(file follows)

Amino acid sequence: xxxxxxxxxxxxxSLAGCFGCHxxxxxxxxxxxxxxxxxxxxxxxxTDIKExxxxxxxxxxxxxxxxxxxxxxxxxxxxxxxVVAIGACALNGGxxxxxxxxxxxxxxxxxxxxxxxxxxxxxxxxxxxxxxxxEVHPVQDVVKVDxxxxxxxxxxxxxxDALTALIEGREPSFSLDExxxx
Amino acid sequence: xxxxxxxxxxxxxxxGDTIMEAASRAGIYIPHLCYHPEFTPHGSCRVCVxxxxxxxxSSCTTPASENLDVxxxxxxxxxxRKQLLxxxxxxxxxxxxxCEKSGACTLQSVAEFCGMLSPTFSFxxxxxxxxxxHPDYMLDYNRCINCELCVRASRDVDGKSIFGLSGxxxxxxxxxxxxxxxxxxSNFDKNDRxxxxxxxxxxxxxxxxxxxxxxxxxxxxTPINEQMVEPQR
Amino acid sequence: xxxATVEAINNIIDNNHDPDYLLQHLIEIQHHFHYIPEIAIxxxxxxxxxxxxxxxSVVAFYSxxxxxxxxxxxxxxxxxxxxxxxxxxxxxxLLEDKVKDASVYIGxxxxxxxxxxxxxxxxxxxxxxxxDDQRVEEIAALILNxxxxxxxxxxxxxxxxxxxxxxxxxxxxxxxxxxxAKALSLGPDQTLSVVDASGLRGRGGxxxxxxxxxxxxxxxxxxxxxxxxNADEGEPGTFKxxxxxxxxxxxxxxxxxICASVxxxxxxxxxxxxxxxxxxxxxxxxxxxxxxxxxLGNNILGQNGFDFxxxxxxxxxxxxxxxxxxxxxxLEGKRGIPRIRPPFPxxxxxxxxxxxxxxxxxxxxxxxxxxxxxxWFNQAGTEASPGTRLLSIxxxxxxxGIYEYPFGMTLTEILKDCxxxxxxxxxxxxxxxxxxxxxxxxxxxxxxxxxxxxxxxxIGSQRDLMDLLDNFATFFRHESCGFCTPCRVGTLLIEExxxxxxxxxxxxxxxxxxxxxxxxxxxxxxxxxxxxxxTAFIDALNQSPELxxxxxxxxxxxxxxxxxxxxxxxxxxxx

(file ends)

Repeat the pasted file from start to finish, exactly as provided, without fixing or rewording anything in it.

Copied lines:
Amino acid sequence: xxxxxxxxxxxxxSLAGCFGCHxxxxxxxxxxxxxxxxxxxxxxxxTDIKExxxxxxxxxxxxxxxxxxxxxxxxxxxxxxxVVAIGACALNGGxxxxxxxxxxxxxxxxxxxxxxxxxxxxxxxxxxxxxxxxEVHPVQDVVKVDxxxxxxxxxxxxxxDALTALIEGREPSFSLDExxxx
Amino acid sequence: xxxxxxxxxxxxxxxGDTIMEAASRAGIYIPHLCYHPEFTPHGSCRVCVxxxxxxxxSSCTTPASENLDVxxxxxxxxxxRKQLLxxxxxxxxxxxxxCEKSGACTLQSVAEFCGMLSPTFSFxxxxxxxxxxHPDYMLDYNRCINCELCVRASRDVDGKSIFGLSGxxxxxxxxxxxxxxxxxxSNFDKNDRxxxxxxxxxxxxxxxxxxxxxxxxxxxxTPINEQMVEPQR
Amino acid sequence: xxxATVEAINNIIDNNHDPDYLLQHLIEIQHHFHYIPEIAIxxxxxxxxxxxxxxxSVVAFYSxxxxxxxxxxxxxxxxxxxxxxxxxxxxxxLLEDKVKDASVYIGxxxxxxxxxxxxxxxxxxxxxxxxDDQRVEEIAALILNxxxxxxxxxxxxxxxxxxxxxxxxxxxxxxxxxxxAKALSLGPDQTLSVVDASGLRGRGGxxxxxxxxxxxxxxxxxxxxxxxxNADEGEPGTFKxxxxxxxxxxxxxxxxxICASVxxxxxxxxxxxxxxxxxxxxxxxxxxxxxxxxxLGNNILGQNGFDFxxxxxxxxxxxxxxxxxxxxxxLEGKRGIPRIRPPFPxxxxxxxxxxxxxxxxxxxxxxxxxxxxxxWFNQAGTEASPGTRLLSIxxxxxxxGIYEYPFGMTLTEILKDCxxxxxxxxxxxxxxxxxxxxxxxxxxxxxxxxxxxxxxxxIGSQRDLMDLLDNFATFFRHESCGFCTPCRVGTLLIEExxxxxxxxxxxxxxxxxxxxxxxxxxxxxxxxxxxxxxTAFIDALNQSPELxxxxxxxxxxxxxxxxxxxxxxxxxxxx